But if we strip away this Christian gloss, the original Platonic text is perhaps the best evidence to make Plato a Pythagorean. We see the obsession with numbers and mathematical relationships, the myth of Atlantis, the idea of “music of the spheres,” and the idea, presented in this passage, that the world should itself be understood as sentient creature, a sort of demigod. Plato is fond of myths and allegories, but Timaeus as a whole seems less a work of scientific analysis with some interesting illustrations and more a collection of mysteries, an effort to portray things beyond the reach of human perception or reason. Why does he stretch so far? Perhaps he feels the Pythagorean impulse of demonstrating that there is a rational ordering of the universe, and that mathematical relationships reveal its basic structure and will ultimately make it comprehensible to humans.

But in the entire dialogue, this text is among the most difficult to understand. Cicero translated it into Latin, for instance, and insisted that he didn’t really understand it (though his portrait of Scipio’s Dream reveals an extremely subtle understanding of this text). Some aspects are, however, plain. There is one universe, he tells us, and one god. This fact was of course critical for Plato’s acceptance in the Middle Ages and Renaissance, but it shows Plato for a follower of Pythagoras. The references to geometric shapes is also key. Plato is telling us that these shapes are natural and recurring in the universe, that they can be expressed as a series of mathematical relationships, and that they belong to the universe’s secret language or building blocks. But it’s foolishness to understand all of this, and the physical description of the cosmos, as a pronouncement of doctrine, of religious mysterium. More accurately, Plato says that man must undertake the mental challenge to study and attempt to explain the world around him, including the cosmos beyond his perceptive abilities. Plato gives us respect for religion and an effort to sanctify, but at the same time he insists that the cosmos is not beyond the ability of the human mind to study and explain. Medieval theologians saw in this text a doctrinal model for the cosmos, but that seems very far from Plato’s intention.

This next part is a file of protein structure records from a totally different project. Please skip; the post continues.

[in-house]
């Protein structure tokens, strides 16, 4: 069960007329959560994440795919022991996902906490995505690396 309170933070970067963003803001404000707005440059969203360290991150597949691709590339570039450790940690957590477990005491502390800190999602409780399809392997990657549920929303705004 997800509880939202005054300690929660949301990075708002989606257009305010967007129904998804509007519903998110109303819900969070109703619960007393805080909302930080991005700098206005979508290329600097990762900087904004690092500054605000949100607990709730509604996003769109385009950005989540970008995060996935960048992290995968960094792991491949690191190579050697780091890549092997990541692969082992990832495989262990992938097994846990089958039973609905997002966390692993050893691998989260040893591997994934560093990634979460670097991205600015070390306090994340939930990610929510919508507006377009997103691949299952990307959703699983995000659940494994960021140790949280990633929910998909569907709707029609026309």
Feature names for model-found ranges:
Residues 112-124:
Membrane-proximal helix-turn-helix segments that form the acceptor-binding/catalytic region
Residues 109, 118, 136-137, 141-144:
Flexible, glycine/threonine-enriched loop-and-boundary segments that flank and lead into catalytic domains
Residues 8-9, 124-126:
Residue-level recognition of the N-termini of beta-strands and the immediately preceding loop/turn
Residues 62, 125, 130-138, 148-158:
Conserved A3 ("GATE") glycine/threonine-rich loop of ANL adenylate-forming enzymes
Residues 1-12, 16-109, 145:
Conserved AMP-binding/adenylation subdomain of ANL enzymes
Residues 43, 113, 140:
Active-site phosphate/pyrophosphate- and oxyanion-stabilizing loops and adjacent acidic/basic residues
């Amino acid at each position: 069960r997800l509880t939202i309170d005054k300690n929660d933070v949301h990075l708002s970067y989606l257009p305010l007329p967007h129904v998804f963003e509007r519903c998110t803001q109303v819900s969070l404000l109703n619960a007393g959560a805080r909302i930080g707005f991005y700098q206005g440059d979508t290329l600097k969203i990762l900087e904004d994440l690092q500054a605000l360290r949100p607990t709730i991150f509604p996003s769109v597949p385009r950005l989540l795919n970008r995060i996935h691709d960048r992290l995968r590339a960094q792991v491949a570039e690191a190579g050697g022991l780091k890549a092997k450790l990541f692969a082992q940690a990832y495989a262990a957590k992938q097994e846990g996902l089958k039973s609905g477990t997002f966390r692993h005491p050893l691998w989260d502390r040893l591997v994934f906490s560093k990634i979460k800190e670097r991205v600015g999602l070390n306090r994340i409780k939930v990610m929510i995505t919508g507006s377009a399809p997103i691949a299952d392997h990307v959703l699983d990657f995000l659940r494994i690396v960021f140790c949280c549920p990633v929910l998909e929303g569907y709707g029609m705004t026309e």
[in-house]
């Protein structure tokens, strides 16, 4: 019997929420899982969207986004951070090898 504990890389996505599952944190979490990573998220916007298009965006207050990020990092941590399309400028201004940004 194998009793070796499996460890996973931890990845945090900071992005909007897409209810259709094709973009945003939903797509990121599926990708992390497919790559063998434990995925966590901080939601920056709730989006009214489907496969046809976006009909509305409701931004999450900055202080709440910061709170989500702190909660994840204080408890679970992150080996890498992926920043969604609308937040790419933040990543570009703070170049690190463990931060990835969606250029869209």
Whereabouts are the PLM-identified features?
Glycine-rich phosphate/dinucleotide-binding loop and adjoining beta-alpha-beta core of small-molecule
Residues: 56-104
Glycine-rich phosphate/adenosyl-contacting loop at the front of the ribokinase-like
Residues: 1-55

In Plato’s day, the world itself seemed boundless beyond comprehension, its resources inexhaustible, and the dangers and wonders of nature were a test for human knowledge. With the passage of time, humanity has grown much more conscious of the finite nature of the earth and its resources. And with time, Plato’s conceptualization of the earth as a living creature has also become a more appealing model–it pointed the way to discovery of the ecological systems by which the world breathed, moved, transformed and regenerated itself. Today humanity approaches final mastery of the world–but what does this mean for the world-soul and for humanity’s ultimate survival in its terrestrial setting?

After the Pythagorean Brotherhood came the society of Freemasons, which consciously cultivated Pythagorean symbols and images. Listen to Wolfgang Amadeus Mozart’s Masonic cantata “Dir, Seele des Weltalls, o Sonne” KV 429 (1783) which gives these ideas a stirring musical form, leading with a salute to “You, the World-Soul, the Sun.”